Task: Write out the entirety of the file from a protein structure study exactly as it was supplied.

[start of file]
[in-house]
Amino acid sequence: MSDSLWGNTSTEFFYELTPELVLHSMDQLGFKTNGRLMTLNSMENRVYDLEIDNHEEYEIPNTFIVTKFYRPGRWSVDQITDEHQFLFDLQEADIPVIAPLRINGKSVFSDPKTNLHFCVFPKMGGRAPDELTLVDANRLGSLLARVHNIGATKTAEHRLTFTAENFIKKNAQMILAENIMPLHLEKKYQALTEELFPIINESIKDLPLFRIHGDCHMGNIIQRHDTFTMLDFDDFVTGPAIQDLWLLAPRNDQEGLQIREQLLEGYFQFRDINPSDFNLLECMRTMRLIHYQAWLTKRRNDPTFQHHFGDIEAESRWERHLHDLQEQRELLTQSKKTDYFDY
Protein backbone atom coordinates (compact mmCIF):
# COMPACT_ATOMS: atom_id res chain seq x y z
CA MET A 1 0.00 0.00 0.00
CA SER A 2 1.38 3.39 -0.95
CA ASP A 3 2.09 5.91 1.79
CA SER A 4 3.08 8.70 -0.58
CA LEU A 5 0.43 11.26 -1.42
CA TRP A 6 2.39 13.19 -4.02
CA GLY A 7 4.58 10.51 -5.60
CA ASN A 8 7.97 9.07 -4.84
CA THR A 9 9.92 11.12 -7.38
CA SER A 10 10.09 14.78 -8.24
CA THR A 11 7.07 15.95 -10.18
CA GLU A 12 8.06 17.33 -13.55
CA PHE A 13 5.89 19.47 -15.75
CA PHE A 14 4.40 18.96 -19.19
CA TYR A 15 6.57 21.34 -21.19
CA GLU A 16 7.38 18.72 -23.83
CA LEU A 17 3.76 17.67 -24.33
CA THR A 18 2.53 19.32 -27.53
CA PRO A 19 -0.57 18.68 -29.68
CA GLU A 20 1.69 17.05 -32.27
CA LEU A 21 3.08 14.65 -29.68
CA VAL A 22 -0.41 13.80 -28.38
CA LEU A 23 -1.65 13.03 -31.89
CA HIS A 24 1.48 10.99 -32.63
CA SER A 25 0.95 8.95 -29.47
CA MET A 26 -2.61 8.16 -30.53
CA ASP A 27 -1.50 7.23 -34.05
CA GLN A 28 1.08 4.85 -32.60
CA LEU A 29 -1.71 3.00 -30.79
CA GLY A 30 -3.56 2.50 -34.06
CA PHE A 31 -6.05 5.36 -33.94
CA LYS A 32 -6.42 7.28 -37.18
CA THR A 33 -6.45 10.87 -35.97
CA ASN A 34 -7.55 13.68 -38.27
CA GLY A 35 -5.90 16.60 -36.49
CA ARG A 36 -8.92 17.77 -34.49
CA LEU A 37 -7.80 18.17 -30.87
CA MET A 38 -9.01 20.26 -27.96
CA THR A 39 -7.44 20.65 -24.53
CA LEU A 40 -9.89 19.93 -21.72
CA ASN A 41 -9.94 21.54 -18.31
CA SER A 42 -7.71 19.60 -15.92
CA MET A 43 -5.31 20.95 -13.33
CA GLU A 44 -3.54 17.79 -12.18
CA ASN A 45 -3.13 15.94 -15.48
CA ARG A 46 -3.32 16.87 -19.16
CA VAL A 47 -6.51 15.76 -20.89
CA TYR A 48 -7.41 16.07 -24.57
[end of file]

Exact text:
[in-house]
Amino acid sequence: MSDSLWGNTSTEFFYELTPELVLHSMDQLGFKTNGRLMTLNSMENRVYDLEIDNHEEYEIPNTFIVTKFYRPGRWSVDQITDEHQFLFDLQEADIPVIAPLRINGKSVFSDPKTNLHFCVFPKMGGRAPDELTLVDANRLGSLLARVHNIGATKTAEHRLTFTAENFIKKNAQMILAENIMPLHLEKKYQALTEELFPIINESIKDLPLFRIHGDCHMGNIIQRHDTFTMLDFDDFVTGPAIQDLWLLAPRNDQEGLQIREQLLEGYFQFRDINPSDFNLLECMRTMRLIHYQAWLTKRRNDPTFQHHFGDIEAESRWERHLHDLQEQRELLTQSKKTDYFDY
Protein backbone atom coordinates (compact mmCIF):
# COMPACT_ATOMS: atom_id res chain seq x y z
CA MET A 1 0.00 0.00 0.00
CA SER A 2 1.38 3.39 -0.95
CA ASP A 3 2.09 5.91 1.79
CA SER A 4 3.08 8.70 -0.58
CA LEU A 5 0.43 11.26 -1.42
CA TRP A 6 2.39 13.19 -4.02
CA GLY A 7 4.58 10.51 -5.60
CA ASN A 8 7.97 9.07 -4.84
CA THR A 9 9.92 11.12 -7.38
CA SER A 10 10.09 14.78 -8.24
CA THR A 11 7.07 15.95 -10.18
CA GLU A 12 8.06 17.33 -13.55
CA PHE A 13 5.89 19.47 -15.75
CA PHE A 14 4.40 18.96 -19.19
CA TYR A 15 6.57 21.34 -21.19
CA GLU A 16 7.38 18.72 -23.83
CA LEU A 17 3.76 17.67 -24.33
CA THR A 18 2.53 19.32 -27.53
CA PRO A 19 -0.57 18.68 -29.68
CA GLU A 20 1.69 17.05 -32.27
CA LEU A 21 3.08 14.65 -29.68
CA VAL A 22 -0.41 13.80 -28.38
CA LEU A 23 -1.65 13.03 -31.89
CA HIS A 24 1.48 10.99 -32.63
CA SER A 25 0.95 8.95 -29.47
CA MET A 26 -2.61 8.16 -30.53
CA ASP A 27 -1.50 7.23 -34.05
CA GLN A 28 1.08 4.85 -32.60
CA LEU A 29 -1.71 3.00 -30.79
CA GLY A 30 -3.56 2.50 -34.06
CA PHE A 31 -6.05 5.36 -33.94
CA LYS A 32 -6.42 7.28 -37.18
CA THR A 33 -6.45 10.87 -35.97
CA ASN A 34 -7.55 13.68 -38.27
CA GLY A 35 -5.90 16.60 -36.49
CA ARG A 36 -8.92 17.77 -34.49
CA LEU A 37 -7.80 18.17 -30.87
CA MET A 38 -9.01 20.26 -27.96
CA THR A 39 -7.44 20.65 -24.53
CA LEU A 40 -9.89 19.93 -21.72
CA ASN A 41 -9.94 21.54 -18.31
CA SER A 42 -7.71 19.60 -15.92
CA MET A 43 -5.31 20.95 -13.33
CA GLU A 44 -3.54 17.79 -12.18
CA ASN A 45 -3.13 15.94 -15.48
CA ARG A 46 -3.32 16.87 -19.16
CA VAL A 47 -6.51 15.76 -20.89
CA TYR A 48 -7.41 16.07 -24.57